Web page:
As well as driving efficiencies, the use of LEIs would also facilitate better risk management by allowing banks to maintain a more holistic view of the transacting entity and enhancing fraud detection. Using an entity’s LEI, for example, a seller’s bank could trace outstanding invoices to identify suspicious activity, like multiple invoices for the same shipment.

Essentially, the LEI makes two key activities in a complicated process – verification of entities and tracking an entity’s history – far simpler.

Investment banks also stand to benefit. The same joint white paper also found that broader, global adoption of the LEI could reduce annual trade processing and onboarding costs by 10 percent. This would lead to a 3.5 percent reduction in overall capital markets operations costs, amounting to over U.S.$150 million in annual savings for the global investment banking industry alone.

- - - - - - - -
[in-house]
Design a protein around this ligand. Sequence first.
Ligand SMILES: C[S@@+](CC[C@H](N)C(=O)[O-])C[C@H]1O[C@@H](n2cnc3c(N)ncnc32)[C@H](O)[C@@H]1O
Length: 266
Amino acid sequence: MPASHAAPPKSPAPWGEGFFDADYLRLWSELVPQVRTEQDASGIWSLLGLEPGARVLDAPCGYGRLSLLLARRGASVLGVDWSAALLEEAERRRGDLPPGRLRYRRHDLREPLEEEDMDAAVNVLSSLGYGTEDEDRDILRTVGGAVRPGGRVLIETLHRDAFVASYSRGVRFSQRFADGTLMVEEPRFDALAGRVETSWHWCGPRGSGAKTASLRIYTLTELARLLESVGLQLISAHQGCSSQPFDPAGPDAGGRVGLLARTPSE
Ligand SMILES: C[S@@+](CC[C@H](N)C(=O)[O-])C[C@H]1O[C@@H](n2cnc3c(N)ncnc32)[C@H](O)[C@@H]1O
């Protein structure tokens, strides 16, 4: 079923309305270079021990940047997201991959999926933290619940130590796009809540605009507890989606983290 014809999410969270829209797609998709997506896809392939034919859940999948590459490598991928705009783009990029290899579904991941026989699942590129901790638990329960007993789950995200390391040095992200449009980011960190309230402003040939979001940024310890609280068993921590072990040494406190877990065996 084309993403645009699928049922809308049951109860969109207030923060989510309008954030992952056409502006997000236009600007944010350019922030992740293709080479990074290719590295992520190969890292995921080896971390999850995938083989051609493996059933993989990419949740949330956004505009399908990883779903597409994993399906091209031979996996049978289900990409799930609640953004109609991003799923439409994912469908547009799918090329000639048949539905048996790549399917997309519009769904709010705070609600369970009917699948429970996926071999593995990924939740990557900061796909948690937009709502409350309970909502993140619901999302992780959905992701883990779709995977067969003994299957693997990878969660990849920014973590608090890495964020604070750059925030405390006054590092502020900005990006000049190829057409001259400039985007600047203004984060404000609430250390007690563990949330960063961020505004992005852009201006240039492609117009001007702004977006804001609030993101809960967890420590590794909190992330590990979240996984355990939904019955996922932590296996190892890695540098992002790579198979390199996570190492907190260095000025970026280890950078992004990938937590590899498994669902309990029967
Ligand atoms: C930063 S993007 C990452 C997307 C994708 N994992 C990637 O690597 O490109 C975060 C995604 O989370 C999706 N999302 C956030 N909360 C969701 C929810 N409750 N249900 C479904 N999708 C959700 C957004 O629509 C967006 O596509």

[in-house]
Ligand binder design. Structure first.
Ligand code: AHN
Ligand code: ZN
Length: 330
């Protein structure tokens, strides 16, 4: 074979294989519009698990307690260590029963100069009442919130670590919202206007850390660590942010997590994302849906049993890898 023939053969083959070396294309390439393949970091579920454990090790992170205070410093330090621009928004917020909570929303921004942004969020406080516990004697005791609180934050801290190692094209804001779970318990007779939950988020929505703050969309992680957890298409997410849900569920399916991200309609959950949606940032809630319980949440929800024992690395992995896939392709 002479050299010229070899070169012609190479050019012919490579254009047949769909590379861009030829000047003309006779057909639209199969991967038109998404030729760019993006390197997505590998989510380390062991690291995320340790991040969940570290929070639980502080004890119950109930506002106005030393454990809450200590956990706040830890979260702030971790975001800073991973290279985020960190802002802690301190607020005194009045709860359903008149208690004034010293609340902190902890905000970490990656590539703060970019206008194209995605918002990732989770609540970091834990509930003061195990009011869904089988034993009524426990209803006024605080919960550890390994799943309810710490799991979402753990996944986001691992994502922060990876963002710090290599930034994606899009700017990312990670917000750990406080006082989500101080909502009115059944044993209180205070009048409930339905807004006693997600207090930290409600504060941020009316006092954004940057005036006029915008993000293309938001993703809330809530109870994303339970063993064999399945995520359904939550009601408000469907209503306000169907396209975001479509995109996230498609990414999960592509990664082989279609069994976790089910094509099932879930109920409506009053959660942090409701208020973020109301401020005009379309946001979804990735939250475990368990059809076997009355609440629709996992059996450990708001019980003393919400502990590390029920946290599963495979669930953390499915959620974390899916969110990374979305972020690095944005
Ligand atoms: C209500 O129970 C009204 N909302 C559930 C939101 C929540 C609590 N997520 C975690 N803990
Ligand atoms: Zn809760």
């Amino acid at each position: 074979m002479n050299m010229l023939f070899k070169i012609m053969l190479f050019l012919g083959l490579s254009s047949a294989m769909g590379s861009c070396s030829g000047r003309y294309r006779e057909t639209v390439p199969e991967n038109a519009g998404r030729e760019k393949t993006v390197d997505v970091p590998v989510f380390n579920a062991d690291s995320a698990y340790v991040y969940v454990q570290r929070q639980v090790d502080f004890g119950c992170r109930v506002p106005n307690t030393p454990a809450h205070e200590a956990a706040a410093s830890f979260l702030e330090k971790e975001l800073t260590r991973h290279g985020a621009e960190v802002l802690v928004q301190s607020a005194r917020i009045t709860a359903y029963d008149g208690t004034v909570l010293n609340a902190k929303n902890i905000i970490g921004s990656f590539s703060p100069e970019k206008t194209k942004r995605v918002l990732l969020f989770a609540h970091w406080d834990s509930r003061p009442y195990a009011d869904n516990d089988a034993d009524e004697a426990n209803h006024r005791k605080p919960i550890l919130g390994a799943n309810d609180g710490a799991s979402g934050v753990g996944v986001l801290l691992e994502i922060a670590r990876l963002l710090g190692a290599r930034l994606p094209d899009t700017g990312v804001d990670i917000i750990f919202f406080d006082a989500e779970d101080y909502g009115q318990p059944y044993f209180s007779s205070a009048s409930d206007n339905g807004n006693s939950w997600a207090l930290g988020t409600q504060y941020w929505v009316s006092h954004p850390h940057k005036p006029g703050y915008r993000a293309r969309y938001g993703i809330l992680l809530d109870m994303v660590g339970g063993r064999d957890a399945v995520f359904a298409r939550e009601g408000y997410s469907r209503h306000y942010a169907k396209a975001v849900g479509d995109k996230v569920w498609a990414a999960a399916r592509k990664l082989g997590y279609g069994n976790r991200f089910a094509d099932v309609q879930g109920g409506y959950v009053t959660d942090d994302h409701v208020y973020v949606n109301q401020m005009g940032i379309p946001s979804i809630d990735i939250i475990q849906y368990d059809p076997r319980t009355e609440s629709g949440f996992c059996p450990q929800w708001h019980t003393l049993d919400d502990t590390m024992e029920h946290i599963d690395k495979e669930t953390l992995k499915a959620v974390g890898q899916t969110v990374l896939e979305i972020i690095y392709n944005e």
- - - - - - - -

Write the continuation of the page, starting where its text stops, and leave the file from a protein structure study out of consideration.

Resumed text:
The benefits of utilizing the LEI extend far beyond banks, however. The technology promises to have a significant positive impact on the business community, too. To begin with, universal LEI adoption would enable a far more consistent customer experience for businesses seeking to access credit.

Earlier this month the Financial Stability Board’s Regional Consultative Group for Asia cited adoption of the LEI, together with other digital technologies, training and capacity development, as a solution to a variety of barriers faced by businesses when accessing trade finance. It noted: “While almost 80% of trade is financed by credit or credit insurance, access is uneven across entities, particularly small and medium-sized enterprises” citing “the perception of country risk, counterparty risk, anti-money laundering and know-your-customer requirements, and capital costs that do not fully reflect the risk characteristics of trade finance” as impediments that could potentially be addressed.

Asian Development Bank: “GLEIF search capability enables companies to source and evaluate new buyers and sellers in target markets.”